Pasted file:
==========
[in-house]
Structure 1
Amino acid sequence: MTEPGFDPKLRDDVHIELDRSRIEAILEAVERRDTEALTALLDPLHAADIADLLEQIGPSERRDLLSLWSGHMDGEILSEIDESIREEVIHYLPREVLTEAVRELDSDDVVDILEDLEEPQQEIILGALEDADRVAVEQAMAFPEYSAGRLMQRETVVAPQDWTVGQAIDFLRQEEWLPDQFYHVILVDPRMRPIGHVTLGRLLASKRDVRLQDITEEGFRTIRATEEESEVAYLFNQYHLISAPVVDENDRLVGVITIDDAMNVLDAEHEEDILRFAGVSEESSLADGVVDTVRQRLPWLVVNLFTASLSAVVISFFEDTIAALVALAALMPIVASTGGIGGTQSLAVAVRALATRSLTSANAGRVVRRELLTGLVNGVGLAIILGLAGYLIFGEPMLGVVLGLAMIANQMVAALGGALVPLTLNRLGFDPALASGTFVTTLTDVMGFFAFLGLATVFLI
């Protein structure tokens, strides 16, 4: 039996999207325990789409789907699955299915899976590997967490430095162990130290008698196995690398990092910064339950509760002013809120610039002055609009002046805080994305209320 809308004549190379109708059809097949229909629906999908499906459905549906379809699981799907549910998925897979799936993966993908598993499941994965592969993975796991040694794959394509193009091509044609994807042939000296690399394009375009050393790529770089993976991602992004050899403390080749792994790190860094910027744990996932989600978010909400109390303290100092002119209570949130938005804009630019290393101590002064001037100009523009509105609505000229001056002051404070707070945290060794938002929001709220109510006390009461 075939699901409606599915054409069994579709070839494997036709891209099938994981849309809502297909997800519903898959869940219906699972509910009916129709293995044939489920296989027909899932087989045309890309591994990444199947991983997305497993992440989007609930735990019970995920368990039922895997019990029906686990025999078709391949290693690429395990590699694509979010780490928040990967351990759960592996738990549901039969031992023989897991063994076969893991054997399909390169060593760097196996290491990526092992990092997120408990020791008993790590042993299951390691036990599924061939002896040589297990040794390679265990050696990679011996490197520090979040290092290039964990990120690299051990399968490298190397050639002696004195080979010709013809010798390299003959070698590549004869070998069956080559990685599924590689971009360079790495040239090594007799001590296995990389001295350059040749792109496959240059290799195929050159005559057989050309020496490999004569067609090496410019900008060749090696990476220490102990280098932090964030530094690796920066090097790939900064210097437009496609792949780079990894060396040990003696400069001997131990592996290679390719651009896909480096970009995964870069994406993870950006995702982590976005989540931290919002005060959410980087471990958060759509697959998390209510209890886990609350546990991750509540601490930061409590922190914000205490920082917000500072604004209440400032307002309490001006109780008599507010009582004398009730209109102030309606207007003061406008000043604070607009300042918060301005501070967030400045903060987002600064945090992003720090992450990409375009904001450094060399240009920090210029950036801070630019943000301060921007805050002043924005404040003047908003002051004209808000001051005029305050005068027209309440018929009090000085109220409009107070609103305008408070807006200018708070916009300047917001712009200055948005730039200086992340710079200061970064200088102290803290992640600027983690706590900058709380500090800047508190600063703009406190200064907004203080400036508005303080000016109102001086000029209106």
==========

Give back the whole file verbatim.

[in-house]
Structure 1
Amino acid sequence: MTEPGFDPKLRDDVHIELDRSRIEAILEAVERRDTEALTALLDPLHAADIADLLEQIGPSERRDLLSLWSGHMDGEILSEIDESIREEVIHYLPREVLTEAVRELDSDDVVDILEDLEEPQQEIILGALEDADRVAVEQAMAFPEYSAGRLMQRETVVAPQDWTVGQAIDFLRQEEWLPDQFYHVILVDPRMRPIGHVTLGRLLASKRDVRLQDITEEGFRTIRATEEESEVAYLFNQYHLISAPVVDENDRLVGVITIDDAMNVLDAEHEEDILRFAGVSEESSLADGVVDTVRQRLPWLVVNLFTASLSAVVISFFEDTIAALVALAALMPIVASTGGIGGTQSLAVAVRALATRSLTSANAGRVVRRELLTGLVNGVGLAIILGLAGYLIFGEPMLGVVLGLAMIANQMVAALGGALVPLTLNRLGFDPALASGTFVTTLTDVMGFFAFLGLATVFLI
């Protein structure tokens, strides 16, 4: 039996999207325990789409789907699955299915899976590997967490430095162990130290008698196995690398990092910064339950509760002013809120610039002055609009002046805080994305209320 809308004549190379109708059809097949229909629906999908499906459905549906379809699981799907549910998925897979799936993966993908598993499941994965592969993975796991040694794959394509193009091509044609994807042939000296690399394009375009050393790529770089993976991602992004050899403390080749792994790190860094910027744990996932989600978010909400109390303290100092002119209570949130938005804009630019290393101590002064001037100009523009509105609505000229001056002051404070707070945290060794938002929001709220109510006390009461 075939699901409606599915054409069994579709070839494997036709891209099938994981849309809502297909997800519903898959869940219906699972509910009916129709293995044939489920296989027909899932087989045309890309591994990444199947991983997305497993992440989007609930735990019970995920368990039922895997019990029906686990025999078709391949290693690429395990590699694509979010780490928040990967351990759960592996738990549901039969031992023989897991063994076969893991054997399909390169060593760097196996290491990526092992990092997120408990020791008993790590042993299951390691036990599924061939002896040589297990040794390679265990050696990679011996490197520090979040290092290039964990990120690299051990399968490298190397050639002696004195080979010709013809010798390299003959070698590549004869070998069956080559990685599924590689971009360079790495040239090594007799001590296995990389001295350059040749792109496959240059290799195929050159005559057989050309020496490999004569067609090496410019900008060749090696990476220490102990280098932090964030530094690796920066090097790939900064210097437009496609792949780079990894060396040990003696400069001997131990592996290679390719651009896909480096970009995964870069994406993870950006995702982590976005989540931290919002005060959410980087471990958060759509697959998390209510209890886990609350546990991750509540601490930061409590922190914000205490920082917000500072604004209440400032307002309490001006109780008599507010009582004398009730209109102030309606207007003061406008000043604070607009300042918060301005501070967030400045903060987002600064945090992003720090992450990409375009904001450094060399240009920090210029950036801070630019943000301060921007805050002043924005404040003047908003002051004209808000001051005029305050005068027209309440018929009090000085109220409009107070609103305008408070807006200018708070916009300047917001712009200055948005730039200086992340710079200061970064200088102290803290992640600027983690706590900058709380500090800047508190600063703009406190200064907004203080400036508005303080000016109102001086000029209106």